Look, Don't Touch: Thai Bars Raided for Trafficking Child ‘Entertainers’
By Reuters 25 September 2019
CHIANG MAI, Thailand—A hug, a hand on her knee, a kiss on the cheek: teenage waitress Pim would not allow the customers to go any further at a karaoke bar in northern Thailand where she was found in a police raid.
The 16-year-old was one of four teenage bar staff who were uncovered earlier this month in an anti-trafficking operation in Chiang Mai, a tourist hotspot with a well-established sex trade.
The four girls, all under the age of 18, told social workers after the raid on two bars that they were not forced to have sex with customers nor ordered to wear miniskirts and low-cut tops.
“Some customers touched my breasts, but I pushed their hands away,” said Pim, who could earn up to 700 baht (US$23, or 35,165 kyats) each night—more than double the daily minimum wage in Thailand—working for the owner of the bar whom she always referred to as “mother”.
While Thailand has ramped up efforts to tackle child sex trafficking in recent years, the crime is evolving and taking new forms such as the rising use of girls as “entertainers” to lure men into bars, according to police chiefs and campaigners.
The majority of patrons, child waitresses and bar owners do not see this work as abusive or unlawful, but officials say it is a type of human trafficking that has largely gone under the radar—and proved difficult to investigate and prosecute.
“Most of the offenders are karaoke bar owners who have an understanding that it is OK for children to do this type of work when in fact it’s considered sex trafficking,” said Police Lieutenant Colonel Likhit Thanomchua.
“Most of the time, the first thing [the bar owners] say when they’re interviewed is, ‘I didn’t use these children for prostitution,'” added Lt-Col Likhit, who is a member of the Thailand Internet Crimes Against Children (TICAC) taskforce.
In most cases, police find suspected victims online as bars showcase their young waitresses on social media, he added.
The owners of the two karaoke bars raided this month have been charged with human trafficking and employing workers under the age of 18 without obtaining permission from the government.
But securing justice in such cases is difficult as the police often do not see the abuse as a crime or are reluctant to launch investigations, said Wirawan Mosby, director of the HUG Project, a charity that helps trafficked children in Chiang Mai.
“Police know that the children won’t cooperate and there’s a high chance that prosecutors won’t file charges since it is more difficult to find evidence than [in] cases of prostitution.”
“[Many] children call the bar owners ‘mother’. There’s a sense of family, and … obligation involved,” Mosby added.
Question of trust
Thailand is a major source, transit and destination country for children who are sex trafficked throughout southeast Asia.
Tens of thousands of people are thought to work in the sex trade that is illegal yet widely tolerated—most do so freely, others against their will—and activists say many are children.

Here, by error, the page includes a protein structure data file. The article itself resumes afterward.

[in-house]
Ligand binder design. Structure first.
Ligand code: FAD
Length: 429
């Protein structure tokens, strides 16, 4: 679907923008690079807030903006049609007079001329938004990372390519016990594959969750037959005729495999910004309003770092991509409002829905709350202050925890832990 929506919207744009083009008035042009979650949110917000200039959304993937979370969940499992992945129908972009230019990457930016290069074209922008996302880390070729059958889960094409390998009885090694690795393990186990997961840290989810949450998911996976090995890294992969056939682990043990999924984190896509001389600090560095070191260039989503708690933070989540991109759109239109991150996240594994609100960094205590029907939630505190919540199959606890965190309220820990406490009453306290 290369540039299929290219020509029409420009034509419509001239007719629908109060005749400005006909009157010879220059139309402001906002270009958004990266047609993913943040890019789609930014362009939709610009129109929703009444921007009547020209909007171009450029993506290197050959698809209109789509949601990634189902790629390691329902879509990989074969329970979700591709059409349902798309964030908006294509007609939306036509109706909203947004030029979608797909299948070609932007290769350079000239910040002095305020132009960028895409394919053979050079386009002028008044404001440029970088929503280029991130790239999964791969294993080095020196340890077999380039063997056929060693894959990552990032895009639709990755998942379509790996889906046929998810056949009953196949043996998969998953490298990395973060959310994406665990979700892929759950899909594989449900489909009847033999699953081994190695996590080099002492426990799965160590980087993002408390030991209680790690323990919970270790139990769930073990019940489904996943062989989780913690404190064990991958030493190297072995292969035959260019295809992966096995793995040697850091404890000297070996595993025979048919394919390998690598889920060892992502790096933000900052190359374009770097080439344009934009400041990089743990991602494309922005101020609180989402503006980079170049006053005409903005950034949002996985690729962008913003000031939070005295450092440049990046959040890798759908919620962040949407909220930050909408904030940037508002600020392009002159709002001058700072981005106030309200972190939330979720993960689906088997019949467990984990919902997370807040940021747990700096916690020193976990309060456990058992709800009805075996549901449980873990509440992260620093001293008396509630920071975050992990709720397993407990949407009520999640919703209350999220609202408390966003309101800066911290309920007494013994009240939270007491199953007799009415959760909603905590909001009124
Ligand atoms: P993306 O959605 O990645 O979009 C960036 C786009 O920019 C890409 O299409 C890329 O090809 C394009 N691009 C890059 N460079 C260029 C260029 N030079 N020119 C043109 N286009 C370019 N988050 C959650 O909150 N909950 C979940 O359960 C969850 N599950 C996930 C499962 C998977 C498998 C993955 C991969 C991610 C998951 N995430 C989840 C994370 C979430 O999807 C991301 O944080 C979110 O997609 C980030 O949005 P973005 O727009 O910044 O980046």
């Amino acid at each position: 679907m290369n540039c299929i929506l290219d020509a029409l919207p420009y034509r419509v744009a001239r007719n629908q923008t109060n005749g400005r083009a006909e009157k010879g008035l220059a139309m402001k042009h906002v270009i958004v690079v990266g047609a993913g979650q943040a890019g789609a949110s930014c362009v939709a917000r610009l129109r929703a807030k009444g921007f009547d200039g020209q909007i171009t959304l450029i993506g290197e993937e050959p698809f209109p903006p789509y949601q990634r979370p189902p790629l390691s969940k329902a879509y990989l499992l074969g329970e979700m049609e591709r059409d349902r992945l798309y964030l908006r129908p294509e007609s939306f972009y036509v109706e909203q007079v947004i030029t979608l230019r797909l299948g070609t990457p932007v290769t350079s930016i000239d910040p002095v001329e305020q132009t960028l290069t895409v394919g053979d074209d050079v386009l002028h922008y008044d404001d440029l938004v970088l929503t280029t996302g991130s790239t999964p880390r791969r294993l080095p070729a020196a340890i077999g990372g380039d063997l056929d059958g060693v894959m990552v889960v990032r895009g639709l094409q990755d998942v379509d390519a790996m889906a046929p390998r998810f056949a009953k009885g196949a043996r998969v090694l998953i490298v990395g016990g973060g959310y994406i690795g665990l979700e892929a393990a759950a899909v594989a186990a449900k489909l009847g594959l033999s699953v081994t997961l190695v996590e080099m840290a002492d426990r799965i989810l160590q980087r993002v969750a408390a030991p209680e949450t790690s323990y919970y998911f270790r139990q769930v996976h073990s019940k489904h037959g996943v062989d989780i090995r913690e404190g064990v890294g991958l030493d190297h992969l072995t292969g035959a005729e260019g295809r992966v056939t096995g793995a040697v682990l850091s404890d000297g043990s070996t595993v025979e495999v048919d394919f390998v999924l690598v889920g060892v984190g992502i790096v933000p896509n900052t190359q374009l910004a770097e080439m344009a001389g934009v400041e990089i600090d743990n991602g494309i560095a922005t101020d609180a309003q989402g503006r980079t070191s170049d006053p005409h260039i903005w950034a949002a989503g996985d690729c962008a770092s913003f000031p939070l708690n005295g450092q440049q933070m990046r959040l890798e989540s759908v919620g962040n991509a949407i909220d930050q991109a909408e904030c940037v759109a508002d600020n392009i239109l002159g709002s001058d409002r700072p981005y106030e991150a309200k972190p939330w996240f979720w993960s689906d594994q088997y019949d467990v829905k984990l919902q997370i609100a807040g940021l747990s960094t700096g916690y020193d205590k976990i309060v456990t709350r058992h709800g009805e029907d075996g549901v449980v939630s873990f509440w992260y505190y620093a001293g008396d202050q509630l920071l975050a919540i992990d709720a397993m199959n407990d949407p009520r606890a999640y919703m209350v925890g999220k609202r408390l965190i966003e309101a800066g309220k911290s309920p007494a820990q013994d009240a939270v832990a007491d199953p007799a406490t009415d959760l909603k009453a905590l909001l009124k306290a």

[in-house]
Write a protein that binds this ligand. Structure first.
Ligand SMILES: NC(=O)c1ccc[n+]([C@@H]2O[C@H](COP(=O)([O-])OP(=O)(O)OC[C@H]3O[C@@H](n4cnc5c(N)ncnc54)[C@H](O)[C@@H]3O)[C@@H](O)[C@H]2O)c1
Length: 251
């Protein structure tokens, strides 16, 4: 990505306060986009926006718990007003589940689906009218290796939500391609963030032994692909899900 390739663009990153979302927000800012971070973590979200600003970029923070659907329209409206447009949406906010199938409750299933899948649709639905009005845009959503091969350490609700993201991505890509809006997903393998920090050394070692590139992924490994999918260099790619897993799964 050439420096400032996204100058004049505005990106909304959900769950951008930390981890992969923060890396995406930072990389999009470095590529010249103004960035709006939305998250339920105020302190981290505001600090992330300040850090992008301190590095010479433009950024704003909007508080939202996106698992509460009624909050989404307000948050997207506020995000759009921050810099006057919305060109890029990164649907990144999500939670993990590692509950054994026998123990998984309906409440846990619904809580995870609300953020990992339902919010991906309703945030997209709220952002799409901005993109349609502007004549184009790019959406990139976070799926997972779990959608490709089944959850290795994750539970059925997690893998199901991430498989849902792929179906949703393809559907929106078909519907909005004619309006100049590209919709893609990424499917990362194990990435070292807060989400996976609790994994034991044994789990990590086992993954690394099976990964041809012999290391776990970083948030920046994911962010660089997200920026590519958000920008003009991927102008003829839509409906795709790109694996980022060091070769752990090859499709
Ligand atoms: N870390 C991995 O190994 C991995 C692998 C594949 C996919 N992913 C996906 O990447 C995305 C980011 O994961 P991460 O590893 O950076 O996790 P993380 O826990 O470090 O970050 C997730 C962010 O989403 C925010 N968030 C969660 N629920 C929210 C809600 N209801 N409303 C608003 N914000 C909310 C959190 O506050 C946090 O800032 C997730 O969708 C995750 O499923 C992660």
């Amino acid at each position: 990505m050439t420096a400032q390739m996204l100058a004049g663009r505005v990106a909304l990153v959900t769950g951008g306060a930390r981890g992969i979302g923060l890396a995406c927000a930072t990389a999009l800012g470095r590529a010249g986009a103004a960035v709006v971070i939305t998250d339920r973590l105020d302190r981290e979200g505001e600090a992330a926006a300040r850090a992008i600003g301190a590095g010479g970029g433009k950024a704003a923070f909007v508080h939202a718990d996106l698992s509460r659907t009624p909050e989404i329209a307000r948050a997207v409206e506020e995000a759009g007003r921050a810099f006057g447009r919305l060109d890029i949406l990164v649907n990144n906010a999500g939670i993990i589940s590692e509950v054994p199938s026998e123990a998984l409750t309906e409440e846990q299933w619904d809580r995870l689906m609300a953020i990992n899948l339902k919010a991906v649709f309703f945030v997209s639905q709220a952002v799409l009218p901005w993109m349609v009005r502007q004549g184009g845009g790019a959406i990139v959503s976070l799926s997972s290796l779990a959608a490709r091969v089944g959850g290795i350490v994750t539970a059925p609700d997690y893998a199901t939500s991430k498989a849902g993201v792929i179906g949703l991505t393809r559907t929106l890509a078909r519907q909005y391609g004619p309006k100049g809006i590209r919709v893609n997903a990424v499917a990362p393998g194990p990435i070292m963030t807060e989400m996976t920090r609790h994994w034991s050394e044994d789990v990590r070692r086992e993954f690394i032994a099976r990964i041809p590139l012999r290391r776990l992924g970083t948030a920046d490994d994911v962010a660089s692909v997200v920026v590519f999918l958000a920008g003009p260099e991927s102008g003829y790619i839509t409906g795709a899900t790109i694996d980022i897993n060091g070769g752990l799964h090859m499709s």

Sexual exploitation is the main form of modern-day slavery in Thailand—making up more than half of the 191 human trafficking cases recorded by the government so far this year.
While most instances involve children sold for sex or used to produce pornography, cops and campaigners are also grappling with new forms of abuse that they class as human trafficking.
Thailand’s anti-trafficking taskforce has been involved in a dozen child “entertainer” cases—most involving karaoke bars—after making the first arrest in 2017 over three children working in a bar in the northeastern Nakhon Ratchasima region.
Its most high profile operation to-date involved two karaoke bar owners in Chiang Mai—a husband and wife—who were jailed in March for almost 23 years for human trafficking and other offences, and ordered to pay 500,000 baht to five child victims.
Ratchapon Maneelek, a director at the government’s anti-trafficking division, said it was tough to crack the crime, as it was hard to identify compared to cases of child prostitution.
“What’s challenging is how to gain trust from the child victims … because they don’t want anyone to know that they are doing this type of work or that they’ve been touched,” he said.
Drinks, money, opportunity
The child sex trade in Thailand has evolved in recent years as men no longer meet children at brothels but first engage with them at karaoke bars, pubs or online, said Ketsanee Chantrakul, a program manager at anti-trafficking charity ECPAT Foundation.
“Due to the strict prostitution laws, [businesses] have shifted their business model, arguing that the children are earning extra money as ‘entertainers’,” said Chatrakul.
For many Thai girls such as Pim—who grew up in a farming village about 70 km from the city of Chiang Mai—the allure of opportunity and a steady income is often too hard to turn down.
“Life is tough at home. I didn’t want to stay there,” said Pim, who left home about a year ago and headed to the city with 1,000 baht provided by her mother. “My friend said I would get good money [at the karaoke bar], and my parents didn’t oppose.”
“At least I didn’t get bored there,” she added. “I got to drink and talk to people.”
Pim—who said the bar owner did not ask her to fill in an application form or check her identity card before hiring her—is now in a shelter and expected to give evidence in court soon.
While her life is in limbo, other girls who have been found toiling in bars in recent years are hopeful about their futures—such as 18-year-old Nat, who now works as a nursing assistant.
“Nat was at the shelter for only a month, but … she said she realized that she could do more than the type of work she used to do,” said a social worker who worked with the teenager after she was rescued last year. “She came to value herself.”